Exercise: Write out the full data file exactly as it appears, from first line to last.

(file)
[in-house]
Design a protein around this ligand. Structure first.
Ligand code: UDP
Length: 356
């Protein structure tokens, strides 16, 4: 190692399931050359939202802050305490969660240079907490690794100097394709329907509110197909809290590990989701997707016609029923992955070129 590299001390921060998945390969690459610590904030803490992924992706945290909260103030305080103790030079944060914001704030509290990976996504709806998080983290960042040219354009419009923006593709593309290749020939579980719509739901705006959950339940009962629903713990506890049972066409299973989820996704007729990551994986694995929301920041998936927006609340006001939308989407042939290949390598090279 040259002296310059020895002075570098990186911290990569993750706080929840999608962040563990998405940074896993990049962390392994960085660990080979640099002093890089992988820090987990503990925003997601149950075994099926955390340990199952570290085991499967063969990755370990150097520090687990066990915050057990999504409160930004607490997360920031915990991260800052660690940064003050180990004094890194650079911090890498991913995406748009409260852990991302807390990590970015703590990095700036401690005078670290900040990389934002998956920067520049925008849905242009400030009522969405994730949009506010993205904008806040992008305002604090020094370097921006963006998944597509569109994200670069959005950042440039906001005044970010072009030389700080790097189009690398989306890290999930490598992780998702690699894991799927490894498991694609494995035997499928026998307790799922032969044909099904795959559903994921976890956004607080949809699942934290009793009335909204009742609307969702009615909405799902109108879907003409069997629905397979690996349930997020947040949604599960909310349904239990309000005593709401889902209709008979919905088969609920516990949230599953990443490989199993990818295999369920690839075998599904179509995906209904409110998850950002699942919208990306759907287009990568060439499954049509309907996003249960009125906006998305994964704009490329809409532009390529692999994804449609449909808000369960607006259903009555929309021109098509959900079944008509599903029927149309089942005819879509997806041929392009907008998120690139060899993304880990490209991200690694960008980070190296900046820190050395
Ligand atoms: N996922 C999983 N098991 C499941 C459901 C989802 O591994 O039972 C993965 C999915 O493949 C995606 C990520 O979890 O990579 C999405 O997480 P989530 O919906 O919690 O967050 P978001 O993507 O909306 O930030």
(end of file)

[in-house]
Design a protein around this ligand. Structure first.
Ligand code: UDP
Length: 356
């Protein structure tokens, strides 16, 4: 190692399931050359939202802050305490969660240079907490690794100097394709329907509110197909809290590990989701997707016609029923992955070129 590299001390921060998945390969690459610590904030803490992924992706945290909260103030305080103790030079944060914001704030509290990976996504709806998080983290960042040219354009419009923006593709593309290749020939579980719509739901705006959950339940009962629903713990506890049972066409299973989820996704007729990551994986694995929301920041998936927006609340006001939308989407042939290949390598090279 040259002296310059020895002075570098990186911290990569993750706080929840999608962040563990998405940074896993990049962390392994960085660990080979640099002093890089992988820090987990503990925003997601149950075994099926955390340990199952570290085991499967063969990755370990150097520090687990066990915050057990999504409160930004607490997360920031915990991260800052660690940064003050180990004094890194650079911090890498991913995406748009409260852990991302807390990590970015703590990095700036401690005078670290900040990389934002998956920067520049925008849905242009400030009522969405994730949009506010993205904008806040992008305002604090020094370097921006963006998944597509569109994200670069959005950042440039906001005044970010072009030389700080790097189009690398989306890290999930490598992780998702690699894991799927490894498991694609494995035997499928026998307790799922032969044909099904795959559903994921976890956004607080949809699942934290009793009335909204009742609307969702009615909405799902109108879907003409069997629905397979690996349930997020947040949604599960909310349904239990309000005593709401889902209709008979919905088969609920516990949230599953990443490989199993990818295999369920690839075998599904179509995906209904409110998850950002699942919208990306759907287009990568060439499954049509309907996003249960009125906006998305994964704009490329809409532009390529692999994804449609449909808000369960607006259903009555929309021109098509959900079944008509599903029927149309089942005819879509997806041929392009907008998120690139060899993304880990490209991200690694960008980070190296900046820190050395
Ligand atoms: N996922 C999983 N098991 C499941 C459901 C989802 O591994 O039972 C993965 C999915 O493949 C995606 C990520 O979890 O990579 C999405 O997480 P989530 O919906 O919690 O967050 P978001 O993507 O909306 O930030």